Nimble Neurons

Volume 30 Issue 11 | November 2016

Featured Articles

image: 2016 Life Sciences Salary Survey

2016 Life Sciences Salary Survey

By | November 1, 2016

Most researchers feel stimulated by their work but are dissatisfied with their compensation, according to this year’s results.

image: Viruses of the Human Body

Viruses of the Human Body

By | November 1, 2016

Some of our resident viruses may be beneficial.

image: Immune System Maintains Brain Health

Immune System Maintains Brain Health

By | November 1, 2016

Once thought only to attack neurons, immune cells turn out to be vital for central nervous system function.

Departments

Contributors

Contributors

Meet some of the people featured in the November 2016 issue of The Scientist.

Editorial

Nosing Around

Covering neuroscience research means choosing from an embarrassment of riches.

Speaking of Science

Notable Science Quotes

Nobel's diversity problem, Brexit and science, letters of recommendation skew sexist, and NIH's public perception troubles

Notebook

Seals Help Oceanographers Explore Underwater

Data collected by elephant seals in Antarctic waters provide a closer look at the processes driving ocean circulation.

Regularly Whiffing Essential Oils Can Retrain Lost Sense of Smell

The simple therapy likely exploits the neural plasticity of the olfactory system.

Neuron Populations Involved in Mouse Olfaction Change Over Time

Male mice exposed to females, their urine, or a chemical in their urine lost sensory neurons in their vomeronasal organs that respond to that chemical.

Neurometabolic Disorders Could Contribute to Depression

Impairments in the production of neurotransmitters may lead to depression in some patients, preliminary results show, opening new avenues for research.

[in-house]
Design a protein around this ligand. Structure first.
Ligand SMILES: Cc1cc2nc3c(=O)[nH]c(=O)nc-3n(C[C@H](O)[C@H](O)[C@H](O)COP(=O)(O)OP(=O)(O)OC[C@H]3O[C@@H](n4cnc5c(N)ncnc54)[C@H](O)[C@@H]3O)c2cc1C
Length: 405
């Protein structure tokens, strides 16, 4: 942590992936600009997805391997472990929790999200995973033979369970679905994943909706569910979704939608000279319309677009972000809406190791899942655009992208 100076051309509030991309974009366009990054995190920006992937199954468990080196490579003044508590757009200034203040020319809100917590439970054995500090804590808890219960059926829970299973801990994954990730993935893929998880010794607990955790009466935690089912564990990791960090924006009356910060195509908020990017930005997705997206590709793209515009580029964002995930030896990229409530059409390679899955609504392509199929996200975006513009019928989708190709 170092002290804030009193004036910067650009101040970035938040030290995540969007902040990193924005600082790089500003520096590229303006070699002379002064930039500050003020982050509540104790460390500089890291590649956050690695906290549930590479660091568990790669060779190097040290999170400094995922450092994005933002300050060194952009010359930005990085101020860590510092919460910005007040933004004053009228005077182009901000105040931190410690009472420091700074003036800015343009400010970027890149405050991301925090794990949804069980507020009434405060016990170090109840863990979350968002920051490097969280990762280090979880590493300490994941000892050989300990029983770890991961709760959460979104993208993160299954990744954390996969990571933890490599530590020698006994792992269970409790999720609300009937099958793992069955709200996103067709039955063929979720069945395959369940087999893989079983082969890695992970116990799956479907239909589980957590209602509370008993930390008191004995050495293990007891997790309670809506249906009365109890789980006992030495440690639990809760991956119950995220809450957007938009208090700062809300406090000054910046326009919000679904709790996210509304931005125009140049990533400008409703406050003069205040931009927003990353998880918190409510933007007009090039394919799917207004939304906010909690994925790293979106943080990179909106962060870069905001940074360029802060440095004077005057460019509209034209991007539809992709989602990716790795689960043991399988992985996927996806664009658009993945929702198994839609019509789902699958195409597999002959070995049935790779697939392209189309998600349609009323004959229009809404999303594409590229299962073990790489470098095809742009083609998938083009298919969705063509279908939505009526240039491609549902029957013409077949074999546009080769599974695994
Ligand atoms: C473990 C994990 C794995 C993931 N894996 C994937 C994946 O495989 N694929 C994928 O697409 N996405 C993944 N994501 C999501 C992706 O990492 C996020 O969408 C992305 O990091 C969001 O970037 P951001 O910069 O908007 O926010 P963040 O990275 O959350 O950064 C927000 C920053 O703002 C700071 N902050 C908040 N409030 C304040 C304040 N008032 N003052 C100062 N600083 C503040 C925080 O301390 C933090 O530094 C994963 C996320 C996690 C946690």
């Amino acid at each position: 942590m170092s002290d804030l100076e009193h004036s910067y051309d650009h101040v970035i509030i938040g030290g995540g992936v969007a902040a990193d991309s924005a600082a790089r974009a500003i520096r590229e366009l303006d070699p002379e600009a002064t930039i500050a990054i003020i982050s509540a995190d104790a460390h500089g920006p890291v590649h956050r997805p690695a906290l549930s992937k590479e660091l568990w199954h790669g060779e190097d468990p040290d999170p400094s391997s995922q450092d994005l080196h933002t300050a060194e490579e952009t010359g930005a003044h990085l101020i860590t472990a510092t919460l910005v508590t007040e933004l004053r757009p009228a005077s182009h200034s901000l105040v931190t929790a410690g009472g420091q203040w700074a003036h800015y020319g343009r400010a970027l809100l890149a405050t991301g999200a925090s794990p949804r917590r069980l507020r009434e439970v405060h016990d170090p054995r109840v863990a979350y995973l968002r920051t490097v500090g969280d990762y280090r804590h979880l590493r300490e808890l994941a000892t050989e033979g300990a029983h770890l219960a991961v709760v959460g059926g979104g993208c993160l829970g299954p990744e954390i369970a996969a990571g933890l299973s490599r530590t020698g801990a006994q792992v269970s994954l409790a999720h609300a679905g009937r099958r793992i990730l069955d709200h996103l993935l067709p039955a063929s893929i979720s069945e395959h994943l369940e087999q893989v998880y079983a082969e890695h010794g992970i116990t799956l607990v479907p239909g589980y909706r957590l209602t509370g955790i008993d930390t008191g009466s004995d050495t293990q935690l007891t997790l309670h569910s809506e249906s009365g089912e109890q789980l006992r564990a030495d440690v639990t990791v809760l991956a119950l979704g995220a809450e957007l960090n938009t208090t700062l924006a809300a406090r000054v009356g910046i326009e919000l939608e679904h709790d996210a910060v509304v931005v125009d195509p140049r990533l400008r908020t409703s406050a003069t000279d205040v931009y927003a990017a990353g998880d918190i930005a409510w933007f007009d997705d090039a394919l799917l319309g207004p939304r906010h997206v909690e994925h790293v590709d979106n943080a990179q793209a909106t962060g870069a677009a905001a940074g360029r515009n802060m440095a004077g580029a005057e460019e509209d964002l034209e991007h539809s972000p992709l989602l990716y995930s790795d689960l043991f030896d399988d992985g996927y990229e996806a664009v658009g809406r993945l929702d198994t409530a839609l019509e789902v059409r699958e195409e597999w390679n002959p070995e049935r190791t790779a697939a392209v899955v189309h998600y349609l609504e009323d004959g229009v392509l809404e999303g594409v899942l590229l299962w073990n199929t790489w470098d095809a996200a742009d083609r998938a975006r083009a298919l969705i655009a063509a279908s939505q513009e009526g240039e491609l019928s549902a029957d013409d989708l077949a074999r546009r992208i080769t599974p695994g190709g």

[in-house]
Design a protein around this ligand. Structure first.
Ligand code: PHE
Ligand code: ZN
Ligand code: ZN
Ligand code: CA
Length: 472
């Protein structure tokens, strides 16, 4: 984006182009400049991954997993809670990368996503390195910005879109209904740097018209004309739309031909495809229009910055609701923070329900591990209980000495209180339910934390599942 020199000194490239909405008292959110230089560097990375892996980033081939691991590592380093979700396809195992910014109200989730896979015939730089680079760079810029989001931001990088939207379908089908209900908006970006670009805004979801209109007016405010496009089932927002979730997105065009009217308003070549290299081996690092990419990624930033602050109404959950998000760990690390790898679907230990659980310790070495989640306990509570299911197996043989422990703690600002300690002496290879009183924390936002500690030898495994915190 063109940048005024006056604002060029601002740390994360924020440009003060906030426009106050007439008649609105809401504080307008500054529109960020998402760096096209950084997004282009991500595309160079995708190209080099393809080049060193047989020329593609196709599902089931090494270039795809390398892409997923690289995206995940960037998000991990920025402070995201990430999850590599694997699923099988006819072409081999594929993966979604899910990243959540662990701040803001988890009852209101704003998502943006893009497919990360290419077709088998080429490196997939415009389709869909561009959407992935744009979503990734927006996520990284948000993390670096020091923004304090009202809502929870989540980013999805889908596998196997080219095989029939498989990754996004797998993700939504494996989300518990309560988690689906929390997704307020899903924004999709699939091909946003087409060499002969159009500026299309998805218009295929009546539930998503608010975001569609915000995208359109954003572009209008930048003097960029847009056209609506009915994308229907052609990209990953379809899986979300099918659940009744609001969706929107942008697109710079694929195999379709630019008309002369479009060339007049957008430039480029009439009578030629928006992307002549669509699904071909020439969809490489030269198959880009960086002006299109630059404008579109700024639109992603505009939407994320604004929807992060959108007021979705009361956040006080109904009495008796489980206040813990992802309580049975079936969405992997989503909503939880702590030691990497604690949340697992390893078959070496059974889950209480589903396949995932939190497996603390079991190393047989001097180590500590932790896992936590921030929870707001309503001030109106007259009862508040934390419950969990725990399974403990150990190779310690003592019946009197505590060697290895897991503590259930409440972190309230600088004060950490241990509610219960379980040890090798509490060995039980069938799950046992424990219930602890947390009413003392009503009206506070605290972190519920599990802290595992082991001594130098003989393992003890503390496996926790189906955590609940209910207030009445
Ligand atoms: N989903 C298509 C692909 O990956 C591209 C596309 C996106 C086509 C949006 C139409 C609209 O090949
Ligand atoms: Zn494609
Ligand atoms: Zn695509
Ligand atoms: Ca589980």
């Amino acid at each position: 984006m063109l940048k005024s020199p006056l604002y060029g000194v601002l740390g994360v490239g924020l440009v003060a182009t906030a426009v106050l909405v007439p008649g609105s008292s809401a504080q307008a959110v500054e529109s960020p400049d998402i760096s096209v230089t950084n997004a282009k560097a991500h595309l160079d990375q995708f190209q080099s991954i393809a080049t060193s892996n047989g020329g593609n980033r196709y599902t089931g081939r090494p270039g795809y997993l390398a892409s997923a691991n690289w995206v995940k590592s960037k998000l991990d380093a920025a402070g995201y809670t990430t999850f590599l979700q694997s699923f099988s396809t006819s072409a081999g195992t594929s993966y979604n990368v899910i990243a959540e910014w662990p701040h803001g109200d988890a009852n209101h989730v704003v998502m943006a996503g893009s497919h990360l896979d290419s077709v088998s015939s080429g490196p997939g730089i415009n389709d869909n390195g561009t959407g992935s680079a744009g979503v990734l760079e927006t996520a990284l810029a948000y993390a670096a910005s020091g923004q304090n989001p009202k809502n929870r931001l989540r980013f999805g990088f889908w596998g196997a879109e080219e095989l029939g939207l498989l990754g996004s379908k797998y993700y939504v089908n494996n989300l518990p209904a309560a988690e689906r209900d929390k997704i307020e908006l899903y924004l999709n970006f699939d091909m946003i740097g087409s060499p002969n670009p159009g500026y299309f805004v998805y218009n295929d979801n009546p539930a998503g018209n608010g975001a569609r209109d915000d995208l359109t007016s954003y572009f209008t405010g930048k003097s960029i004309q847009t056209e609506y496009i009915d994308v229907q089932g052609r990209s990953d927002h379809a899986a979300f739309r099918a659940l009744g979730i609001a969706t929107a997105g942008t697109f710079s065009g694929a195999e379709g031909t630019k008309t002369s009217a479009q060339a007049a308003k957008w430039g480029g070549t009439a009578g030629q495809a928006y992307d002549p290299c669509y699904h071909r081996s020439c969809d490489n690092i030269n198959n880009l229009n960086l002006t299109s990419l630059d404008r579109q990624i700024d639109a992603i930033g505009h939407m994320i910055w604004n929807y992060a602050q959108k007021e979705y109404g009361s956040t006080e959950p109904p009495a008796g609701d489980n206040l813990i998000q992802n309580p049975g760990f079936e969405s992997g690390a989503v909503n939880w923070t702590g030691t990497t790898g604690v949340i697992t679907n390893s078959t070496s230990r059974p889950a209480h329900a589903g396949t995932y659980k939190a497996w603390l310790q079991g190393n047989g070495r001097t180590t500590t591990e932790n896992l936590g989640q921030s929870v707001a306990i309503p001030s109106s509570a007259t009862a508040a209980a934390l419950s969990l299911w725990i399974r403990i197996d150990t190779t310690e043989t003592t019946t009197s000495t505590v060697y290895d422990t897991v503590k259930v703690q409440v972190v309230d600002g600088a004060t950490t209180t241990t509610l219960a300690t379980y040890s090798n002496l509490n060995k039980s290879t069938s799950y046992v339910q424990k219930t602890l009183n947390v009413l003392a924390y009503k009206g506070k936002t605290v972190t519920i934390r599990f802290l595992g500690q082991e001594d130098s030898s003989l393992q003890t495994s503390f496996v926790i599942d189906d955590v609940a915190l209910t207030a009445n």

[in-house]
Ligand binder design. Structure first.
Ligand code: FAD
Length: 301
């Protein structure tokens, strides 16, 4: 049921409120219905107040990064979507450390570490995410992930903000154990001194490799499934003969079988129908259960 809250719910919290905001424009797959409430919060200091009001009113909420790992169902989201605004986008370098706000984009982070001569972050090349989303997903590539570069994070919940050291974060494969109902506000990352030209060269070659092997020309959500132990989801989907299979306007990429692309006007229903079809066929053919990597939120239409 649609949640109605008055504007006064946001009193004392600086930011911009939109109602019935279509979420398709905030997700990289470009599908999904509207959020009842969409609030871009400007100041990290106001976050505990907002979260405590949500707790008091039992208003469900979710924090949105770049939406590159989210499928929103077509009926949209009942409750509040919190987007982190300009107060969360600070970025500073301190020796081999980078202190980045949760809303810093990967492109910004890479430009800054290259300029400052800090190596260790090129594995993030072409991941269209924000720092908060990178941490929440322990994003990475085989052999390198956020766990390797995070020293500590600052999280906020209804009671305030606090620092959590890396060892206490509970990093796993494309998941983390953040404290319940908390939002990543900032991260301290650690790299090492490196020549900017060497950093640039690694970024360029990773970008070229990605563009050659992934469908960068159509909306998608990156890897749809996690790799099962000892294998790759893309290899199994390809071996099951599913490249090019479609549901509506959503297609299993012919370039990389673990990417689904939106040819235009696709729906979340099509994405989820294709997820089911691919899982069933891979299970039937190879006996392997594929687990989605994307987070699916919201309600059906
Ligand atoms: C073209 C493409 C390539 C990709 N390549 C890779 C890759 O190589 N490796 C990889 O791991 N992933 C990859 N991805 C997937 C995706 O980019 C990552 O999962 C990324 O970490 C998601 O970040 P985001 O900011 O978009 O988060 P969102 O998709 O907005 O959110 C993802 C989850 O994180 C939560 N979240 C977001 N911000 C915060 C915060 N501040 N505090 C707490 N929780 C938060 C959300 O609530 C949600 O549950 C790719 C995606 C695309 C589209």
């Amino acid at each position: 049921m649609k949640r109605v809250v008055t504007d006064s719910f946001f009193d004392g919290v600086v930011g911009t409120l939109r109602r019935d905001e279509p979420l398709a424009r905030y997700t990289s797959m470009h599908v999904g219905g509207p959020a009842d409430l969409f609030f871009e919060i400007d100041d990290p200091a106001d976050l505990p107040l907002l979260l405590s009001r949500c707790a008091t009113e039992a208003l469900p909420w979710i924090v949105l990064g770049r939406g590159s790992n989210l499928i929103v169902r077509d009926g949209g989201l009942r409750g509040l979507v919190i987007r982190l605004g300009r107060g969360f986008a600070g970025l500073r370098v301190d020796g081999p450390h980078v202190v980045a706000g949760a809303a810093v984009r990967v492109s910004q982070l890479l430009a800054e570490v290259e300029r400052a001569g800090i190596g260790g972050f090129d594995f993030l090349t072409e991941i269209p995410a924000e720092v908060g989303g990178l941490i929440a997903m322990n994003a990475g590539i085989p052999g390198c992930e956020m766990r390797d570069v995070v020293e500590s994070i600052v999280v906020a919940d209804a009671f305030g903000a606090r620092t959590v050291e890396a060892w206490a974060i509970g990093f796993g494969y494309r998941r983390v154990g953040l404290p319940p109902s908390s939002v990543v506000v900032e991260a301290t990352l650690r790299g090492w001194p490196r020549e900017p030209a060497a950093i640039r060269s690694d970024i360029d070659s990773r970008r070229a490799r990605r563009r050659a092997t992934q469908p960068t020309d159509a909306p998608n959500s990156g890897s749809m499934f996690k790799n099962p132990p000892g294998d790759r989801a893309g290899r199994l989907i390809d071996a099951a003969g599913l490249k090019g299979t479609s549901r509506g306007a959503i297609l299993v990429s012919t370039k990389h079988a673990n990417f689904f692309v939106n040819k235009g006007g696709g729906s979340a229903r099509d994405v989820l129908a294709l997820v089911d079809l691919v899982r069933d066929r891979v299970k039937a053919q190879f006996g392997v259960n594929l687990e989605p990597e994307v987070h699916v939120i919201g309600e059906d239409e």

Online First

Opinion: Toot Your Horn

Why (and how) scientists should advocate for their research with journalists and policymakers

Critic at Large

Opinion: Aging, Just Another Disease

No longer considered an inevitability, growing older should be and is being treated like a chronic condition. 

Modus Operandi

Neural Connectome Method Uses mRNA Barcodes

Researchers swap microscopy for RNA sequencing to track neural paths in the mouse brain.  

The Literature

Neural Network Found That Helps Control Breathing

The results suggest that breathing is orchestrated by three—rather than two—excitatory circuits in the medulla.

Antarctic Bacteria Latch Onto Ice with Molecular Fishing Rod

Researchers describe the first known bacterial adhesion molecule that binds to frozen water. 

Neuron Signaling Persists, Faintly, Even When Key Presynaptic Proteins Are Absent

Results from experiments in mice revise a long-held hypothesis that certain protein scaffolds are needed for synaptic activity.

Profile

Time, Flies

By studying the sleep-wake cycle of fruit flies, Amita Sehgal is revealing how the body’s circadian and sleep rhythms are regulated.

Scientist to Watch

Jason Castro Tackles Olfactory Mysteries

Assistant Professor, Bates College. Age: 37

Lab Tools

Assessing the Behavior of Lab Animals

Advances in cage design and monitoring software allow the collection of more realistic data.

Live Imaging Using Light-Sheet Microscopy

How to make the most of this rapidly developing technique and a look at what's on the horizon

Careers

Social Media Accelerates Science

How researchers are taking advantage of Twitter and other forums to do, share, and discuss research

Reading Frames

Can Science Crack Consciousness?

Researchers seek to disentangle the complexity of the human mind from a cross-disciplinary perspective, but the phenomenon may be out of the reach of human understanding.

Foundations

Two-Photon Microscopy’s Historic Influence on Neuroscience

In the 1990s, the development of this gentler and more precise microscopy method improved scientists’ ability to probe neurons’ activity and anatomy.

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    New evidence suggests e-cigarettes are not without risks to human health, but can be useful in getting people to kick their smoking habit.

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